America's Next Top Draft Pick: A New NFL Reality Show

Tony GatzCorrespondent IApril 23, 2009

KANSAS CITY, MO - SEPTEMBER 14:  American Idol winner David Cook sings the National Anthem prior to the start of the game between the Oakland Raiders and the Kansas City Chiefs on September 14, 2008 at Arrowhead Stadium in Kansas City, Missouri.  (Photo by Jamie Squire/Getty Images)

The NFL has announced a new reality show that will pit prospective top draft picks against one another. The prize: being the lone bright spot of a franchise for four to six seasons. Just kidding.

With the abundance of reality programming available, wouldn’t it be cool if one night a week you got to see future pro football talent duke it out to become America’s Next Top Rock of Who Wants to Survive the Flavor of the NFL?

Hear me out.

The team possessing the No. 1 overall pick is on the clock from the end of the regular season until draft day. We’ve seen it before, where a pick gets signed to a deal a day or two before the draft, taking the wind out of the sails.

It’s getting old.

But what if future players had to compete, reality-show style, to get that guaranteed $30 million, a Myoplex endorsement deal, and the spotless Detroit Lions jersey with the No. 1 on it? Keep in mind, draft day is the last time it will be spotless and in an upright position.

The Miss America Pageant started its own reality show featuring entrants competing against one another, and viewers got to vote someone into the finals.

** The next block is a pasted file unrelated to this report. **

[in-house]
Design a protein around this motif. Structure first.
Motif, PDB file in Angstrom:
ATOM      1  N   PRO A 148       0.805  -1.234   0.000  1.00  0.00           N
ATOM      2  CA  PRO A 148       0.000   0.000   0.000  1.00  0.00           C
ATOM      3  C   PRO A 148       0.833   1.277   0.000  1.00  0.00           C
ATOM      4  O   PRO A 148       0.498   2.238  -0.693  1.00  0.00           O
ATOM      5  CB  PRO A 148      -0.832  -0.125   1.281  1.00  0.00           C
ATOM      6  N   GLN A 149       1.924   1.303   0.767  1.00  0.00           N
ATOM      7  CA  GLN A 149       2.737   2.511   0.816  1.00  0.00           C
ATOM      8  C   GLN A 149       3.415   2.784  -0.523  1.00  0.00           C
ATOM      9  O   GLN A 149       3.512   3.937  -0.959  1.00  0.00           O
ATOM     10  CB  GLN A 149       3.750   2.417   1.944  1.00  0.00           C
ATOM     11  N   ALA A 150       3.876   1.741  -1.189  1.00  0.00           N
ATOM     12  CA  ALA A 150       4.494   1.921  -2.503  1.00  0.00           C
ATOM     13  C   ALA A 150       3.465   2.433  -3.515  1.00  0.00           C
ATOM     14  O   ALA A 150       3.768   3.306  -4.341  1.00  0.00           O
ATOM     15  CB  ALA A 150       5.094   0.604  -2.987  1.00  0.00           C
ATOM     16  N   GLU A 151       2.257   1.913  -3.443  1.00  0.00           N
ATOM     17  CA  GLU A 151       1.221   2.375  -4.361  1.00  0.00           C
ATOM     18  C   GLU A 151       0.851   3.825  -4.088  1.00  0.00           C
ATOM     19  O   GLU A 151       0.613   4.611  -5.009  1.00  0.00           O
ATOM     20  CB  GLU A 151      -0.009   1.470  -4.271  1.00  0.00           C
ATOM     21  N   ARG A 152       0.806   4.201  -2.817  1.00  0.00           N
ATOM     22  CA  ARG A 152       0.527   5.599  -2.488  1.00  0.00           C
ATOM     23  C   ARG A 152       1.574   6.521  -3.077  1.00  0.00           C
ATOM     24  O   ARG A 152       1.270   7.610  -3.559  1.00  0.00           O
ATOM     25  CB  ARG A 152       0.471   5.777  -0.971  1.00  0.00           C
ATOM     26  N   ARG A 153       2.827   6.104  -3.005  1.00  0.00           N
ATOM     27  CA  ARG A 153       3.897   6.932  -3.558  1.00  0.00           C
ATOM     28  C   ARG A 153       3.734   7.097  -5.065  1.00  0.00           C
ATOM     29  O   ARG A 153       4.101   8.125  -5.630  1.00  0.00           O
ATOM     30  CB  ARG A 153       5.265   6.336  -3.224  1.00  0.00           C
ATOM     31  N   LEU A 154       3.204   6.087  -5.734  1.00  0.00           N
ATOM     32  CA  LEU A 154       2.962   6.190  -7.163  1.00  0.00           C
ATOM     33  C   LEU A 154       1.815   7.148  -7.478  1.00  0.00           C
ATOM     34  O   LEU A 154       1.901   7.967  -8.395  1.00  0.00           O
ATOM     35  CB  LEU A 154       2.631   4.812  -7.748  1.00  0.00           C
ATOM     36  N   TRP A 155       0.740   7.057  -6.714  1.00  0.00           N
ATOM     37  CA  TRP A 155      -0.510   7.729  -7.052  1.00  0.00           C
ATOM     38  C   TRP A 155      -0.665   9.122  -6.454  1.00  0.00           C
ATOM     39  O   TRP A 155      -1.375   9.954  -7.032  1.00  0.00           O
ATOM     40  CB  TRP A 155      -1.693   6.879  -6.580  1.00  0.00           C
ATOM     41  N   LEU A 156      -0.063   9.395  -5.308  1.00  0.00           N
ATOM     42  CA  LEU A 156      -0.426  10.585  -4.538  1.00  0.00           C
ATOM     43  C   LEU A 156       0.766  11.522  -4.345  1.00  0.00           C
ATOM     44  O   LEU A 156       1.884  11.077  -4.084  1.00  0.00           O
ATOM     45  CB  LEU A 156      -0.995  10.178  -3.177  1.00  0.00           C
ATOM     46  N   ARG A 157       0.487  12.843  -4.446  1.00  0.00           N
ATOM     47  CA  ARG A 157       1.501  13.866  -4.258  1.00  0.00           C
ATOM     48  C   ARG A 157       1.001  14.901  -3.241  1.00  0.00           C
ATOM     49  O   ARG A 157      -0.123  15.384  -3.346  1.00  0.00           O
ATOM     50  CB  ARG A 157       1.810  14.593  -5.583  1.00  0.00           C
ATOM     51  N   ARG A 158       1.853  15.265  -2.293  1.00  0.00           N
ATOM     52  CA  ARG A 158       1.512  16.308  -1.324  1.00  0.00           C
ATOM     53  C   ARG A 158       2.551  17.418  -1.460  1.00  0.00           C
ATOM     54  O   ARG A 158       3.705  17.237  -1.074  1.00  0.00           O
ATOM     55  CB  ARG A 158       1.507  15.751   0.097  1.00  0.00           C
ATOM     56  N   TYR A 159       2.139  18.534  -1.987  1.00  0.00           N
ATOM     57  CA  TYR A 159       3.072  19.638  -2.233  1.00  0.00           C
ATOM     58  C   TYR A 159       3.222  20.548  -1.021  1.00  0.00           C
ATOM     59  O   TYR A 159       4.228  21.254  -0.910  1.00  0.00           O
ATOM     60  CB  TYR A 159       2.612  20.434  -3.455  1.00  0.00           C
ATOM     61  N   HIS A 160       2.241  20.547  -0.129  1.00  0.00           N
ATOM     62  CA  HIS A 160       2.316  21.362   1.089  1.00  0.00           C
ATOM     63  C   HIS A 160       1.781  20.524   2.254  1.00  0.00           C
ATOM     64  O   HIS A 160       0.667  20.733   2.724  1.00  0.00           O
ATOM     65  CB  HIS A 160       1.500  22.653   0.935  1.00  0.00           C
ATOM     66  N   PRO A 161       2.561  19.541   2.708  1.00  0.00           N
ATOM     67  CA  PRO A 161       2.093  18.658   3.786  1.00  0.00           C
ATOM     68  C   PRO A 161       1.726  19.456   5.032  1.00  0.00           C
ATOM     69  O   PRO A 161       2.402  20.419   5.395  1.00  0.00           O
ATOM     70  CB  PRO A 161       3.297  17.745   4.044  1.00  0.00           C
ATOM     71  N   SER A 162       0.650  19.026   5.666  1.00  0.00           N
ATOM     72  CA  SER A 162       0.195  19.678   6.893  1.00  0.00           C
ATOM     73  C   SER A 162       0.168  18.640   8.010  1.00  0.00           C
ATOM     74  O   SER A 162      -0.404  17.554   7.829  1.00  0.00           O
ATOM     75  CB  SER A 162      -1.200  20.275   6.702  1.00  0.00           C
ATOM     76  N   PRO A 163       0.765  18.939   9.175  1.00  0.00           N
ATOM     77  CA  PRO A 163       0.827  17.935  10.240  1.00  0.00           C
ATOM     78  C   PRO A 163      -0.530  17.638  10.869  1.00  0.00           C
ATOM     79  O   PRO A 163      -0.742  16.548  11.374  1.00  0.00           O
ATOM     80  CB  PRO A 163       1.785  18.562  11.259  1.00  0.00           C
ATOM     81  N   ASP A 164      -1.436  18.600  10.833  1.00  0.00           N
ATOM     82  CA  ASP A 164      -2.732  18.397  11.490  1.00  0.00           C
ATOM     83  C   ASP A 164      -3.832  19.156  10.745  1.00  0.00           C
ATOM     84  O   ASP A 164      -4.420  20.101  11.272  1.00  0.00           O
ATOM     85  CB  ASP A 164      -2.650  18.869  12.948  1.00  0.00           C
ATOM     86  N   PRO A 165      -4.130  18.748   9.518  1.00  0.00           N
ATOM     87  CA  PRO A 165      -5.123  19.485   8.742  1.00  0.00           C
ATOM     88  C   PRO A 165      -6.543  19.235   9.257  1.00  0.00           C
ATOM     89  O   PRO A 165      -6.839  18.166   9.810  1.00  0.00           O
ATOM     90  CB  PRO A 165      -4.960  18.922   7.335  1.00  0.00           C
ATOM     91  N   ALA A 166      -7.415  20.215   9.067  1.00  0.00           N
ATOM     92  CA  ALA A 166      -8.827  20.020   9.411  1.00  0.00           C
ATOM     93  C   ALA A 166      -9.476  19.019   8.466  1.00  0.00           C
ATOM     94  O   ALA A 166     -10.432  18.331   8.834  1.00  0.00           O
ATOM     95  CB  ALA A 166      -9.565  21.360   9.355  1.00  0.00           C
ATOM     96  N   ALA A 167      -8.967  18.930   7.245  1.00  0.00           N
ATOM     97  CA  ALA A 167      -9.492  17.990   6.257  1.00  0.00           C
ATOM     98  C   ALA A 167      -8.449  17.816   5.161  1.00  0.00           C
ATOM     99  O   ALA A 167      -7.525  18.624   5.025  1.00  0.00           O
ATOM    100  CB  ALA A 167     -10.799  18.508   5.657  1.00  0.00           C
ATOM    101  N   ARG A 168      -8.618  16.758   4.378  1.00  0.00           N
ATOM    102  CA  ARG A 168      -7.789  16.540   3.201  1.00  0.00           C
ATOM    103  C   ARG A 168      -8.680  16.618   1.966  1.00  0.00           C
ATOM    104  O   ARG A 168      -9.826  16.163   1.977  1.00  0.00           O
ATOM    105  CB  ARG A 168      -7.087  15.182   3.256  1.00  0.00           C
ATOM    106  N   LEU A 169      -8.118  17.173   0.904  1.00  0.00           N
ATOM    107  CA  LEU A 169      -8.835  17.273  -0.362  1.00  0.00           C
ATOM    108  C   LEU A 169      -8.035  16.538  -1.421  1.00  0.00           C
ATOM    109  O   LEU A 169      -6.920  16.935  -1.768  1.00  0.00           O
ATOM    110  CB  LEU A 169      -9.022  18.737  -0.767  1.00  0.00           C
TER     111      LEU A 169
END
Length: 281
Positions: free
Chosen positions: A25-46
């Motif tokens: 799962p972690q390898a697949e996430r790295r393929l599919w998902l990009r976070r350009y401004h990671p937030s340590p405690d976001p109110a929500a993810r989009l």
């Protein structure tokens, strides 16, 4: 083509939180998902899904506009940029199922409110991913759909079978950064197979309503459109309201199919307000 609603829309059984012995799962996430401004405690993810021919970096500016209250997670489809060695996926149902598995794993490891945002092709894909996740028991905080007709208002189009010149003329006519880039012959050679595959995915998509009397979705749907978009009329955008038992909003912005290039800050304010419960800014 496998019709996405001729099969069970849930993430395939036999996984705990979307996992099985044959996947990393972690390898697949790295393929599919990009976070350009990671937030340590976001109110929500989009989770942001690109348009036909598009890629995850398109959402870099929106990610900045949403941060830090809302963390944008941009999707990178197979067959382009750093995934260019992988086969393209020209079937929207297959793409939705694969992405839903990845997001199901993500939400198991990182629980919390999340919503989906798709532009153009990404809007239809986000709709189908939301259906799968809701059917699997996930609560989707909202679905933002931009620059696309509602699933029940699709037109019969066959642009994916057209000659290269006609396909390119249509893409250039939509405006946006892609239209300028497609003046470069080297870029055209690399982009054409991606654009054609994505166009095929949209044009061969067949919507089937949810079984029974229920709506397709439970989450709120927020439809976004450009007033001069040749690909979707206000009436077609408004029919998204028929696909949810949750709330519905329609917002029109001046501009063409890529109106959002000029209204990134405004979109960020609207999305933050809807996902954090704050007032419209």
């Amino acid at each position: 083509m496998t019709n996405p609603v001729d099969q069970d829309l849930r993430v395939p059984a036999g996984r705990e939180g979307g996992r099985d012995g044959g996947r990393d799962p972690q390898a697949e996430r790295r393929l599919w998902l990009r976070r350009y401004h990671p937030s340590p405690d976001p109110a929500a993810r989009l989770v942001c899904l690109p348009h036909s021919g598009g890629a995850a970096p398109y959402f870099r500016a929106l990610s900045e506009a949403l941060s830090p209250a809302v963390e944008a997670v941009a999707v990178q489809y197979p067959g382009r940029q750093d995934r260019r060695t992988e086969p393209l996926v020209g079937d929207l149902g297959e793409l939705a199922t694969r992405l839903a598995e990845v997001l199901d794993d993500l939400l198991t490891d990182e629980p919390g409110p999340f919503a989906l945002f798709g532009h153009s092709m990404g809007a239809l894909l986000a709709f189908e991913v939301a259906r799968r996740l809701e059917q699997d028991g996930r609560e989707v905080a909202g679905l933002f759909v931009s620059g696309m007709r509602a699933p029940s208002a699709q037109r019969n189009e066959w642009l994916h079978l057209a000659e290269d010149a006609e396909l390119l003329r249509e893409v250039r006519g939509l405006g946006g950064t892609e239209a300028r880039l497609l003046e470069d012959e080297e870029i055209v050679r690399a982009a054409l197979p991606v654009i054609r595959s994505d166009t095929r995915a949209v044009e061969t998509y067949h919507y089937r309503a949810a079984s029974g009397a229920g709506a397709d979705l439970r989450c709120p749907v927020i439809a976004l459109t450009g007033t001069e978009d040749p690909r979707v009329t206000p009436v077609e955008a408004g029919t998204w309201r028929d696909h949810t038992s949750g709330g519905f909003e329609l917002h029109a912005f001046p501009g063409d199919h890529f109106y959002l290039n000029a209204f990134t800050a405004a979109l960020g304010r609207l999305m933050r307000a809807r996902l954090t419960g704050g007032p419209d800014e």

If America’s ambassador of beauty and talent is selected this way, why the hell not the NFL’s next poster child?

The NFL Network already televises the combine. Simply add a dash of American Gladiators, Ryan Leaf discussing the don'ts and don’ts of a prospective NFL career, and a few celebrity judges to critique performances.

A panel of John Madden, Frank Caliendo, Chris Berman, and Terry Bradshaw would do the trick.

Imagine Berman’s thoughts on the 40-yard dash: “He 4.3 seconds.”

Madden could talk about all the sustenance consumed to become stronger and faster.

Of course, all those foods will need to have six legs and bathe in a buttery nacho cheese. If they don’t, he will doodle them on via telestrator. The lines are already the color of cheese.

Bradshaw would provide that critical yet overplayed former-player-turned-announcer point of view.

And Caliendo could pretend to be all three people rolled into one.

On second thought, just let Frank handle the MC duties, otherwise players might get too confused from the three stooges.

The bottom line with a reality show isn’t to display the inner feelings of the cast or shine a light on anything important. It’s about getting paid!

This would be an advertising gold mine.

Milwaukee’s Best commercials featuring giant beer cans landing on Ryan Leaf, Tony Mandarich, and Rashaan Salaam as they discuss the glory days.

Let’s face it, those guys talking about glory days is like walking out of the liquor store with a four-pack of wine coolers.

How about Mike Ditka hawking some Old Spice Swagger? Or Lawrence Taylor and Warren Sapp selling their new how-to dance DVD?

Endless possibilities.

Remember when Eli Manning turned cry baby and had the Chargers trade him to the Giants? Problem solved. Just sandbag in the competition and you’ll wind up with a decent team.

There are no losers here. Just overthrow a couple guys, slow down, and enjoy the scenery during your 40-yard draft. Soak it all in like the warm San Diego sun.

Throw in some cheerleaders, a little Raider Nation, we could even get Bruce Springsteen in to sing the theme song, and you've got yourself a real man's reality show.

How about it, Boss?